There is noticeable social-class variation in New Zealand English (NZE). Those low on the social ladder have stigmatised speech; there are also complaints about the speech of those high on the social scale, whose speech is sometimes seen as ‘plummy’ and artificial.
In 1947 poet A. R. D. Fairburn wrote about pronunciation he called ‘colonial-genteel’. In this speech, ‘the round “o” diphthong in “home” is pinched and drawled to make the word “haome” … “Culture becomes “cahlture” and “love”, “lahve”. “First” is turned into “fust” or even “fast” and “persons” becomes “pahsons” ‘.1
In the 19th century higher-class New Zealand speakers used a version of British Received Pronunciation (RP). People of humbler origins born at the same time sound much more like New Zealanders.
The diphthongs (MOUTH, FACE, GOAT, PRICE) which were the focus of so much early criticism are still social-class markers in NZE. More recent changes such as in TRAP, DRESS and KIT, the NEAR/SQUARE merger, and vocalised /l/ are below the level of consciousness, and do not receive such adverse comment.
The only regional dialect of NZE is found in Southland and parts of Otago, where many of the original settlers came from Scotland.
In NZE today /r/ is not pronounced after the vowels in ‘care’, ‘pour’, ‘cart’ and ‘horse’, for example. In the 19th century /r/ was used much more widely throughout New Zealand in words like these. This changed over time, except in Southland.
Older Southland speakers use /r/ variably after vowels, but today younger speakers use /r/ only with the NURSE vowel and occasionally with the second vowel in ‘letter’. Younger Southland speakers pronounce /r/ in ‘third term’ but not in ‘farm cart’.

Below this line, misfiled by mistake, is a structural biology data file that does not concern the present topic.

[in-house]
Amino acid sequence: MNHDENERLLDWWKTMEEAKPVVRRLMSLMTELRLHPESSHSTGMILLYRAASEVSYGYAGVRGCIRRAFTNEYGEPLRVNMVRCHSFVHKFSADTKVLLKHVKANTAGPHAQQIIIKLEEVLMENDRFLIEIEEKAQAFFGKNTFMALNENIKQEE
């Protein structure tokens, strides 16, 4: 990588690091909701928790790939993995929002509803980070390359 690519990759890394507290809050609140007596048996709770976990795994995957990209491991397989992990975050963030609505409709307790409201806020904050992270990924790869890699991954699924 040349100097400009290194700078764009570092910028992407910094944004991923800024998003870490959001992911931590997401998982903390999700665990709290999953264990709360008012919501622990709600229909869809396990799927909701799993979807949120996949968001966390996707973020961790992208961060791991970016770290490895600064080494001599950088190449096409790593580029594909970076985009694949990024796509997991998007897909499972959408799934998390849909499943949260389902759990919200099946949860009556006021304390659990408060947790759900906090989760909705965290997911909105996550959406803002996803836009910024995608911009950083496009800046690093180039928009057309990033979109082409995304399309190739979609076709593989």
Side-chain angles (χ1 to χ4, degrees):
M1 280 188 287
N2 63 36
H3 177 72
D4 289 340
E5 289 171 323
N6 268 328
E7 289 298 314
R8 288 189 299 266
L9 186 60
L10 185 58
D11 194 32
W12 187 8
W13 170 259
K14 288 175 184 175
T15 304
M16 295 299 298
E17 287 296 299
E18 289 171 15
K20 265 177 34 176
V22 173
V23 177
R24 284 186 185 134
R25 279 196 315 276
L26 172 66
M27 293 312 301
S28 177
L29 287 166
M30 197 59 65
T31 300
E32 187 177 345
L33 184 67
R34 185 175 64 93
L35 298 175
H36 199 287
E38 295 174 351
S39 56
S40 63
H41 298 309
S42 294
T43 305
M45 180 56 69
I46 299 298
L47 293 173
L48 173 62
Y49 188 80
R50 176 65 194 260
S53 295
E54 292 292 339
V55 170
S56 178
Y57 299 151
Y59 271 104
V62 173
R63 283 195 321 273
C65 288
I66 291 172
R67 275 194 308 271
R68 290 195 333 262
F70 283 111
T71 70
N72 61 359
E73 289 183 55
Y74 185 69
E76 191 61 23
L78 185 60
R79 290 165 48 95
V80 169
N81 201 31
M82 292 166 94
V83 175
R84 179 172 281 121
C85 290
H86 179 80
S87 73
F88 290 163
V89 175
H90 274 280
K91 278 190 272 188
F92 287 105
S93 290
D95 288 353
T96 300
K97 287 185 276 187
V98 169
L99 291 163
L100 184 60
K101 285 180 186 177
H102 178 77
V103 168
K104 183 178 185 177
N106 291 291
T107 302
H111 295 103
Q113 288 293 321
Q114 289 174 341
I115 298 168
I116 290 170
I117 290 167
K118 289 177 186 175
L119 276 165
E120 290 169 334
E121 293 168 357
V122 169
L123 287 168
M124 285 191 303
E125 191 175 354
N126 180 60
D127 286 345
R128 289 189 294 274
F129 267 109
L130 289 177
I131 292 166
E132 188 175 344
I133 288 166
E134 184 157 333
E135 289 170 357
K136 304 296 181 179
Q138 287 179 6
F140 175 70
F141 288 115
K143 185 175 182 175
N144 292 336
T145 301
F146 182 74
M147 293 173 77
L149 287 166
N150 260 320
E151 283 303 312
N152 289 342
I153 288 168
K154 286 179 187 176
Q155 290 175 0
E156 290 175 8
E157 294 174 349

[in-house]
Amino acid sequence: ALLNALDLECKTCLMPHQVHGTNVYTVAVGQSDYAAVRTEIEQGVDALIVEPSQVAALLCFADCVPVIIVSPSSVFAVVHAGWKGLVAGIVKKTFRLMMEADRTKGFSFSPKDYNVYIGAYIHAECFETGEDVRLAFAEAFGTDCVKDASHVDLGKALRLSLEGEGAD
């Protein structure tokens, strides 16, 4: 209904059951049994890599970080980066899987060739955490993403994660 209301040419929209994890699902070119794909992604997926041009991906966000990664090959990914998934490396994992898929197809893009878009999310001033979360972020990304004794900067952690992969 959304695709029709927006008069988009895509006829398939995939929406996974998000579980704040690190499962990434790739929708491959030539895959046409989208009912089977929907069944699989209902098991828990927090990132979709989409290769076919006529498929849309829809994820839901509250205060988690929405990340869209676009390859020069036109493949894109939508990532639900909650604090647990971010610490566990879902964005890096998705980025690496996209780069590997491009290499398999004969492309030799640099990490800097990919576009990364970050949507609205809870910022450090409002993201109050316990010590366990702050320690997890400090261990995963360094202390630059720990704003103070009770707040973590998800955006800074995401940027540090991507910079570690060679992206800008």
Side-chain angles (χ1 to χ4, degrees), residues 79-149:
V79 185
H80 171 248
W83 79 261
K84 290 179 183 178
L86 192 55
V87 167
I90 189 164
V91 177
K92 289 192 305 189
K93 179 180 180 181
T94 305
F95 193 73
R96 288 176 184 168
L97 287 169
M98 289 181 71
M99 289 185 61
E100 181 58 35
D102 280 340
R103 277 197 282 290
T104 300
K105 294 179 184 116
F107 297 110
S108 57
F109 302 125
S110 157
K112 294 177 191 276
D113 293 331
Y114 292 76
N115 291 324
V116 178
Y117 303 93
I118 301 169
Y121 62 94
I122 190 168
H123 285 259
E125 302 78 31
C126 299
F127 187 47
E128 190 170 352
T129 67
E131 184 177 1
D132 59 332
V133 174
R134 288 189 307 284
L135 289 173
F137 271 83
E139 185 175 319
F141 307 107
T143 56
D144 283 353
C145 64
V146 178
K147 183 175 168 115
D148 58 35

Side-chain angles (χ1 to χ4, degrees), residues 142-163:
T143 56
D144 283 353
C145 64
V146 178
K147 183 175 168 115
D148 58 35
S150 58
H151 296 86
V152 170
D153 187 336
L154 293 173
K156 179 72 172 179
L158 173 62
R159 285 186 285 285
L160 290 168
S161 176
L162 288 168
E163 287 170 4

Some older Southland speakers preserve the distinction between ‘which’ and ‘witch’ and use the TRAP vowel rather than the START vowel in ‘dance’, ‘chance’ and ‘castle’.
For many Māori who cannot speak the Māori language, using Māori English is a way of identifying with their culture. Research on Māori university students who spoke Māori English found they did so because it established their identity, and provided support and a sense of welcome for other Māori students.
A variety of NZE which is increasingly heard is Māori English. This is not used by all ethnic Māori, and it is used by some Pākehā, especially those who work and live closely with Māori.
There is a question about whether Māori English is a style that speakers can move into or out of. Recent reports suggest that for some current speakers it is the only variety of English they use.
The sound system of Māori English is basically that of Pākehā New Zealand English. In general, differences are not categorical but rather relate to frequency.
The most noticeable feature of Māori English is its rhythm. It has syllable-based timing where the syllables are of relatively equal length. Pākehā English is stress-timed, with syllables of different length.
Pākehā English speakers use reduced vowels in function words like ‘of’,’ to’ and ‘for’. In Māori English, these little words have full vowels, which helps to produce a distinctly different rhythm. A similar difference in rhythm is found in Pacific Island New Zealand English.
Gordon, Elizabeth. Finding our own voice: New Zealand English in the making. Christchurch: Canterbury University Press, 2008.
Gordon, Elizabeth, and others. New Zealand English: its origins and evolution. Cambridge: Cambridge University Press, 2004.
Gordon, Elizabeth, and Tony Deverson. New Zealand English and English in New Zealand. Auckland: New House Publishers, 1998.
Hay, Jennifer, Margaret Maclagan and Elizabeth Gordon. New Zealand English. Edinburgh: Edinburgh University Press, 2008.
Kortman, Bernd, and E. W. Schneider, eds. A handbook of varieties of English. Berlin: Mouton de Gruyter, 2004.